Thursday, January 30, 2014


Photo of secret CIA base of Long Tieng during the war (from website)
I’m looking to go to a mysterious, formerly secret US built air base, but it’s going to be much more difficult than I thought. “You can only go there with special permission from the military,” a Laotian travel guide is telling me. “It’s a military base.” 

The 'Secret War' in Laos had a secret city, and this was the remote, hidden base known as Long Tieng, south of the Plain of Jars. During the long war in Laos, it was the busiest airport in the country. For years it was a key air base for the CIA’s Air America, and US spotter pilots. It was also headquarters for famed general Vang Pao and his 20,000 strong Hmong militia. To the communists Vang Pao was Public Enemy No. 1, and the general lived in his mountain hideout with thousands of Hmong families that had fled the fighting. Many ethnic Hmong villages were destroyed during the war. 

As with many things connected to the Secret War, Long Tieng did not officially exist, and wasn’t found on any public maps. This was odd since at its peak, this ‘secret city’ sheltered 40,000 people, making it the second most populated city in Laos back then. Its cover was blown in 1970 when two foreign journalists snuck in. 

As major fighting ended in 1973, Long Tieng was taken over by the communist government, and it’s been their base ever since. Vang Pao left for exile in the US, joined by thousands of Hmong refugees. He settled in California, though he never forgot his mountain homeland, and his long suffering people still fighting the communists. In 2007, he was arrested near Fresno, charged with plotting to overthrow the Laotian government. The charges were later dropped, and he died in California in 2011, still a hero to the Hmong community. 

I’d like to see his infamous base, but as I’m being denied, I hear a tone of concern. The Laotian explains that real danger is involved. “There are still guerrillas fighting up there,” he says quietly. Despite my inquiries, he won’t elaborate further. Just like I had heard in Vang Vieng, there are still groups of Hmong holding out up in the mountains. They’re not only hiding, they’re resisting, and with force. Since seeing Long Tieng is out of the question, I book a trip to another seldom visited place, the once destroyed town of Muang Khoun. The next day, I’m on my way there. 

* * * * *

Antique French tile, covered with greenery
I’m looking down at antique European tile. Decorated with intricate handmade designs; interlocked circles are interspersed with diamonds. The tile’s original colors have faded; it’s now mostly black and white. The bright green color now surrounding the tile beneath me, is what has been reclaimed by the environment. Grass and weeds have taken over the floor as the decades have gone by, re-covering the tiles with a natural carpet.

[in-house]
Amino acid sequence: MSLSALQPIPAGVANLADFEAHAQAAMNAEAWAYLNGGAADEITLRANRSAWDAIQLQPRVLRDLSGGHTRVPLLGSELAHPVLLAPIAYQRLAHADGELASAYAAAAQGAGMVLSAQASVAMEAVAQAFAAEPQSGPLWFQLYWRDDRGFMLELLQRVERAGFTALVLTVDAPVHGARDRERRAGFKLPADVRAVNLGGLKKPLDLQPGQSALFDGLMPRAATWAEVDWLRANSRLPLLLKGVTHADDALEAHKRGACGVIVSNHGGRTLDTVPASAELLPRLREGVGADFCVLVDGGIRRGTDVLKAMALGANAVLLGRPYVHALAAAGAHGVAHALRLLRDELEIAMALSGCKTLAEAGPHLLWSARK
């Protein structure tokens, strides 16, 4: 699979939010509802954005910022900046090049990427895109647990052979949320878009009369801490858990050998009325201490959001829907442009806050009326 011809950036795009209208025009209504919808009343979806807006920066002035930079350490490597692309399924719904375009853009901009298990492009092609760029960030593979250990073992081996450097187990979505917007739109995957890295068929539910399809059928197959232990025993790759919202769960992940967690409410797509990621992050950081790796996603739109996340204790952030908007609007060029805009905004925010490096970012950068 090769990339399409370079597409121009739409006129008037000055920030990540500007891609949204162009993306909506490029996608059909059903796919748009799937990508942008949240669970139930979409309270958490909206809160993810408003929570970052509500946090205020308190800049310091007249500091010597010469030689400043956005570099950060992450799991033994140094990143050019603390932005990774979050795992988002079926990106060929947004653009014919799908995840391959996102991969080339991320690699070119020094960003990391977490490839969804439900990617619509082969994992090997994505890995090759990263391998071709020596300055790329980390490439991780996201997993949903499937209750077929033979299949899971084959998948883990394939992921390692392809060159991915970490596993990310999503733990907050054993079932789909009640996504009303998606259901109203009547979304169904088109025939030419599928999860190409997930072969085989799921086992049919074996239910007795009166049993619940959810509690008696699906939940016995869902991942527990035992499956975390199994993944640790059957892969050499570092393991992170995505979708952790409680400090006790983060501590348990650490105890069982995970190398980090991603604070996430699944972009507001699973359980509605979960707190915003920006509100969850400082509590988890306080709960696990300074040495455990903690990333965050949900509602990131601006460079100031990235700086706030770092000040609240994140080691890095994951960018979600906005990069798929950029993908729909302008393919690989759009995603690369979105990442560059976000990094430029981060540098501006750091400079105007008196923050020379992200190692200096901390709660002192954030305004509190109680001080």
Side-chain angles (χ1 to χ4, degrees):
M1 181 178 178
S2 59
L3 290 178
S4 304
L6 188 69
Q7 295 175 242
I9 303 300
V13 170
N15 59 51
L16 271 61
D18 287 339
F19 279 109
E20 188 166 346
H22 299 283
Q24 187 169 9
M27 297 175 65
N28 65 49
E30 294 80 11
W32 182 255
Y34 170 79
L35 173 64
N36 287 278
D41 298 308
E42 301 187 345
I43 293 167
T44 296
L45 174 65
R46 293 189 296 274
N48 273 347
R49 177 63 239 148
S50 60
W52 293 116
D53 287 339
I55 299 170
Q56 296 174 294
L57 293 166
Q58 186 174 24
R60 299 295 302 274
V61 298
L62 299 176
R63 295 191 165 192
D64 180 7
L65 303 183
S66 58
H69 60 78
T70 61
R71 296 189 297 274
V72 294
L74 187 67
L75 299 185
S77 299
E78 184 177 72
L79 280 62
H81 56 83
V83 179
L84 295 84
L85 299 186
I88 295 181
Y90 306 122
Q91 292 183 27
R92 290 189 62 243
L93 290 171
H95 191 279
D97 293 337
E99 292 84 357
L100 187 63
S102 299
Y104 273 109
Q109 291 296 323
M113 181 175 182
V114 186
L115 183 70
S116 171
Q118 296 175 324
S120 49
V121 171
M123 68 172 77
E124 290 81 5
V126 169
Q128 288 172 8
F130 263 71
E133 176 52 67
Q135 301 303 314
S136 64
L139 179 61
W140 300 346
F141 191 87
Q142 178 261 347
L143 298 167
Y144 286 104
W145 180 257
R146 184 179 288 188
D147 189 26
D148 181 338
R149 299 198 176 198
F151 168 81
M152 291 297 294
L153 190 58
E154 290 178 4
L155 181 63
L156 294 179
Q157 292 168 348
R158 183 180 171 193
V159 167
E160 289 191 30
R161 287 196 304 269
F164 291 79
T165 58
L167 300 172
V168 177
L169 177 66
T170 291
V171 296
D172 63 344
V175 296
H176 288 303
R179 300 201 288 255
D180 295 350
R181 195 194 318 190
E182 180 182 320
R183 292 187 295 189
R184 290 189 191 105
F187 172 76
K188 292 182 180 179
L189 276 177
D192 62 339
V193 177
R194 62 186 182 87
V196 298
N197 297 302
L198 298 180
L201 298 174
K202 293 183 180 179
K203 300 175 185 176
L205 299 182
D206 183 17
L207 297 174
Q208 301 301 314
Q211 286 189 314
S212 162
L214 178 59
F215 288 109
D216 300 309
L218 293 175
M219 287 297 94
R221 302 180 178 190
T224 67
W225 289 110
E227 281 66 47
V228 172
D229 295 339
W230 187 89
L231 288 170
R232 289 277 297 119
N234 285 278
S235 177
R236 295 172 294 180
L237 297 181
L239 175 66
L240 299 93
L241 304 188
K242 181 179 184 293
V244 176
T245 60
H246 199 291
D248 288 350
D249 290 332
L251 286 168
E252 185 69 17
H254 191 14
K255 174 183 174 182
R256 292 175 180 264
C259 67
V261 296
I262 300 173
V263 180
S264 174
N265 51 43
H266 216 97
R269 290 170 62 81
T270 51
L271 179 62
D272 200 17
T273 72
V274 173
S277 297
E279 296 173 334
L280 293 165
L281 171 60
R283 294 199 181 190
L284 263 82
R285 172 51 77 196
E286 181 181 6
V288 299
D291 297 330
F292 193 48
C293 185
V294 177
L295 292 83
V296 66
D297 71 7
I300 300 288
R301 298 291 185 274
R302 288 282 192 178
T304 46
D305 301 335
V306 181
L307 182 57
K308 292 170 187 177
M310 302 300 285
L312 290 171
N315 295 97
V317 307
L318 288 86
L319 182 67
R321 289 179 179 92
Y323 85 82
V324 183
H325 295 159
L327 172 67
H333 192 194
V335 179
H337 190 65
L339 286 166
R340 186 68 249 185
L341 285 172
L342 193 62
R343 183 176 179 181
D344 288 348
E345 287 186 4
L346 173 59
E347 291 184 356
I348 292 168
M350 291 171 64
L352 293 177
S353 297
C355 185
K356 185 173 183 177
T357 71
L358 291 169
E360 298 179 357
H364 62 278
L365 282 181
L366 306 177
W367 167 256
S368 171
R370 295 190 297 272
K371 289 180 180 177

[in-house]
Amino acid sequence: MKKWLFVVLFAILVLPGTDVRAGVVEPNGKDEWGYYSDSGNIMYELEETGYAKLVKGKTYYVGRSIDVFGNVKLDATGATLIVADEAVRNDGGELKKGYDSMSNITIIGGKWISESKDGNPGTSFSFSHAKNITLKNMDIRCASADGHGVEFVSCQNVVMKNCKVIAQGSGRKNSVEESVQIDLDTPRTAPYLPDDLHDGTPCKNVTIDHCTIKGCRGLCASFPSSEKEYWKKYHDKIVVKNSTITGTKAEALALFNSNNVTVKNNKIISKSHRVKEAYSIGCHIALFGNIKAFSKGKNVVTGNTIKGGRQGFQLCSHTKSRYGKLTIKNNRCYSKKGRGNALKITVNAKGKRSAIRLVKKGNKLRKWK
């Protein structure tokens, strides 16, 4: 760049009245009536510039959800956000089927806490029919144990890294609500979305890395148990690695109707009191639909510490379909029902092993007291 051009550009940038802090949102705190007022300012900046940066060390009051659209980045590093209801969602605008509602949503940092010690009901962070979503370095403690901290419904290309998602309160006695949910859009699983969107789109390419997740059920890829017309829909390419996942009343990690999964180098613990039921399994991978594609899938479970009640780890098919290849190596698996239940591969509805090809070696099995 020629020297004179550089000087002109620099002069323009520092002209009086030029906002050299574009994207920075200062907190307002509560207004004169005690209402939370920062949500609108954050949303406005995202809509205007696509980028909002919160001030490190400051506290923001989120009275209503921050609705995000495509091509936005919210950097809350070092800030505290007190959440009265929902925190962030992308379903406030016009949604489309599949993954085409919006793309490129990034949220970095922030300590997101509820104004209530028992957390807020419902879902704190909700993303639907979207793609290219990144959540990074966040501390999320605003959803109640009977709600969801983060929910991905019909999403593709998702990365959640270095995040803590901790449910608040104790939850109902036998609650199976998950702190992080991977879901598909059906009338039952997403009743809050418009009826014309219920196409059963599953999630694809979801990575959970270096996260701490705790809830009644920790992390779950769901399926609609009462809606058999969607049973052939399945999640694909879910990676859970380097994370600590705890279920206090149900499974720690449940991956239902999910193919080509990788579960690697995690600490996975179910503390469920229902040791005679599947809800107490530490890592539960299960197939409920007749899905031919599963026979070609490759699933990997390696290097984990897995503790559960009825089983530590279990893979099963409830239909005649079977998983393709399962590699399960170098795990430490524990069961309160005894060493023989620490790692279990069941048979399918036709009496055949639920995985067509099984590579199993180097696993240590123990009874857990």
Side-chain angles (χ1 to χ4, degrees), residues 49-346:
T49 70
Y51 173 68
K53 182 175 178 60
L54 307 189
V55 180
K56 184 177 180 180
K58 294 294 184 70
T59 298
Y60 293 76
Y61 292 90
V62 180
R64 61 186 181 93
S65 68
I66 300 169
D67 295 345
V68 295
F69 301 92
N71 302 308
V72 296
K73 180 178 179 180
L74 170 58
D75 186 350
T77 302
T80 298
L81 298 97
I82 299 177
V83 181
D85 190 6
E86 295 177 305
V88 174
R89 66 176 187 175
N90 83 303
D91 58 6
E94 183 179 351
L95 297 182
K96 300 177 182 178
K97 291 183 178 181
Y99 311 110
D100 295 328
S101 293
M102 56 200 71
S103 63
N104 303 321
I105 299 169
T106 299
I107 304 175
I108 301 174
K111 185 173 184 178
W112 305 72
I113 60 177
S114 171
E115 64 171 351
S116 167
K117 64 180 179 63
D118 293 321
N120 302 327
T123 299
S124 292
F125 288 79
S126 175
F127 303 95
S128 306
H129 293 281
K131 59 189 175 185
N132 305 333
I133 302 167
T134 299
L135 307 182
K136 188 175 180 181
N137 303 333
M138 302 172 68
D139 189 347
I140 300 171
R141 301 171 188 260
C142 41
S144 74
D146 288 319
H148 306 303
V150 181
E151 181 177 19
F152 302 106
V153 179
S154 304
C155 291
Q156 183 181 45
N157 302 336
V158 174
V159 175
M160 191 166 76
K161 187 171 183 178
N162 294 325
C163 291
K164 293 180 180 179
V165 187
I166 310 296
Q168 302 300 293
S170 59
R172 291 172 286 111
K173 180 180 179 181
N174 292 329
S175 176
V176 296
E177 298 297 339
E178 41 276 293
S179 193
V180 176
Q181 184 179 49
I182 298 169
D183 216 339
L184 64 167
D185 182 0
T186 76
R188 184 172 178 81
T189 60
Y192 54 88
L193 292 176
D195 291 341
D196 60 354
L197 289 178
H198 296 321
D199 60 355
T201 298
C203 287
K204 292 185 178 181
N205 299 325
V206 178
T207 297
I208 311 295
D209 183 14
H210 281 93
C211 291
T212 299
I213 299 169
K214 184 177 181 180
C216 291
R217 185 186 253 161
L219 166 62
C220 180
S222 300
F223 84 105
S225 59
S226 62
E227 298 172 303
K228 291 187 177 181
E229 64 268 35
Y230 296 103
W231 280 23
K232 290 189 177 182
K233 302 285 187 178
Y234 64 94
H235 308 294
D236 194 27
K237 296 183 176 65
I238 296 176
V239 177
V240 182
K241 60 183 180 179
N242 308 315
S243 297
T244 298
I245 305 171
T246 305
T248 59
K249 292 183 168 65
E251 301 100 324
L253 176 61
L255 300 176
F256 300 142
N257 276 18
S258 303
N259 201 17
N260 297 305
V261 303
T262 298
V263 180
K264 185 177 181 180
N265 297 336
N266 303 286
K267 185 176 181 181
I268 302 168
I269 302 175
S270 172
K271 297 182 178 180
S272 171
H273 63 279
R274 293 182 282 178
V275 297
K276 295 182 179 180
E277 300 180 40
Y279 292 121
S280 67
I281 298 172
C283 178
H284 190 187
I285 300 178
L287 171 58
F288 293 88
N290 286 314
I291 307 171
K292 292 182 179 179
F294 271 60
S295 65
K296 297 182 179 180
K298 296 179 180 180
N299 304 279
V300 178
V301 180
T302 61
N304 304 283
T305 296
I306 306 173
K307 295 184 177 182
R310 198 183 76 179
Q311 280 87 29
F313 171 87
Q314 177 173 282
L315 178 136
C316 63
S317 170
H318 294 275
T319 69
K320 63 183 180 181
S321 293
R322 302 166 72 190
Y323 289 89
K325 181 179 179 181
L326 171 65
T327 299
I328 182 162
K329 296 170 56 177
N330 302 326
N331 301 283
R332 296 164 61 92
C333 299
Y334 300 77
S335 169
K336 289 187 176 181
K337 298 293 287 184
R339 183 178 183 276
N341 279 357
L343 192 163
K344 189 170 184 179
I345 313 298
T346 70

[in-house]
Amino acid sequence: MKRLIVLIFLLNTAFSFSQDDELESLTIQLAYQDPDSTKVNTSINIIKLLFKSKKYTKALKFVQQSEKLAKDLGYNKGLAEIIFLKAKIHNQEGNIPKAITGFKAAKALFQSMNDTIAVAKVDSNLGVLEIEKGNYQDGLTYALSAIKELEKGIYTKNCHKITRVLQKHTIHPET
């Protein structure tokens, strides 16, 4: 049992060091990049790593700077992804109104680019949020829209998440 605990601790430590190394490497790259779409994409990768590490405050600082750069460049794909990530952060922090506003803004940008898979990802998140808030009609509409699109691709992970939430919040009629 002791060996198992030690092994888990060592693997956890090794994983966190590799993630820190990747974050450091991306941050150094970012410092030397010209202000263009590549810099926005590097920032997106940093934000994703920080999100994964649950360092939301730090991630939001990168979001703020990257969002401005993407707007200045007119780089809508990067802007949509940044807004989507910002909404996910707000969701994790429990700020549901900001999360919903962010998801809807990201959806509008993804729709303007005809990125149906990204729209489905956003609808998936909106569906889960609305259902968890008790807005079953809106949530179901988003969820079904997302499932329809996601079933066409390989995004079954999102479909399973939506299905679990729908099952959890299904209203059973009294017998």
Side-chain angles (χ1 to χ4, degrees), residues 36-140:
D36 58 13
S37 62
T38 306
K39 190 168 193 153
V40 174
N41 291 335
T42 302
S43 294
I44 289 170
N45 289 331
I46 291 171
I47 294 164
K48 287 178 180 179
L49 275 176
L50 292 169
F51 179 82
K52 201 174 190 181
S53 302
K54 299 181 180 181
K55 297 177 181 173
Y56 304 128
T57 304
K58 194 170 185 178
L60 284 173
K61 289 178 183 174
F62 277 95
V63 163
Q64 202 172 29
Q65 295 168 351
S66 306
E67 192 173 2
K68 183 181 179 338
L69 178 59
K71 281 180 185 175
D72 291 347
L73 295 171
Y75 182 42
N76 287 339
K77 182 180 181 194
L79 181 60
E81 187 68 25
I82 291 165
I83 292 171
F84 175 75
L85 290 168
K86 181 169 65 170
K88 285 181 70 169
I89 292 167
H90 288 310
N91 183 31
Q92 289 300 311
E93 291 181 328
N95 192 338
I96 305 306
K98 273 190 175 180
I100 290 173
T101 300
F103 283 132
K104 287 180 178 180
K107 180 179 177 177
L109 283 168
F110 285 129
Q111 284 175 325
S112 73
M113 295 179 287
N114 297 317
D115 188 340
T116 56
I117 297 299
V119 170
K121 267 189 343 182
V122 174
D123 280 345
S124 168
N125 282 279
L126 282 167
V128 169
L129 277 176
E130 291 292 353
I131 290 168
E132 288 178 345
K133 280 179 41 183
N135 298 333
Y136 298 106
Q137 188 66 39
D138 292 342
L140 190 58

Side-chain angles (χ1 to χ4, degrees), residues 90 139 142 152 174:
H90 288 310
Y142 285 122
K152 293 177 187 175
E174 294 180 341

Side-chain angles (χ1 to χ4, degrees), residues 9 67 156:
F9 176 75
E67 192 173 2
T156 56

These natural grasses are able to grow inside this building, because the roof is gone. The tile, the arched doorways and the windows give away the origin of the former occupants. This was the French commissariat, and now it’s just a bombed out shell. Where the old darkened plaster has fallen from the walls, another color has peered out, that of bright orange brick underneath.  

I’m in the former provincial capital of Muang Khoun. Back when it was the capital, this town bore the same name as the province; Xieng Khuang.

It’s not just old French buildings that were destroyed here, practically the whole town was leveled by US bombing as the North Vietnamese Army invaded. After the NVA occupied Xieng Khuang, Hmong troops later retook the town for a while, although they couldn’t hold it. With most of the country rural, there wasn’t fighting in Laotian cities very often, and here was an exception. 

Ruins of French built commissariat that was destroyed during the war
Destruction was so heavy here, that the town was abandoned by the war’s end. My guide explains: “Move capital to Phonsavan. One reason, already destroyed. Number two reason, very high UXO." (Un-Exploded Ordinance)

In decades that followed, the town has been re-inhabited, but old tensions from the war still remain. In 2000, fighting erupted again in this region between minority Hmong and ethnic Laotians over a land dispute. Some homes were burned to the ground, five ethnic Laotians were killed, and more were wounded. As has happened before, the military came in to put down the Hmong uprising. The number of Hmong casualties from these events are unknown.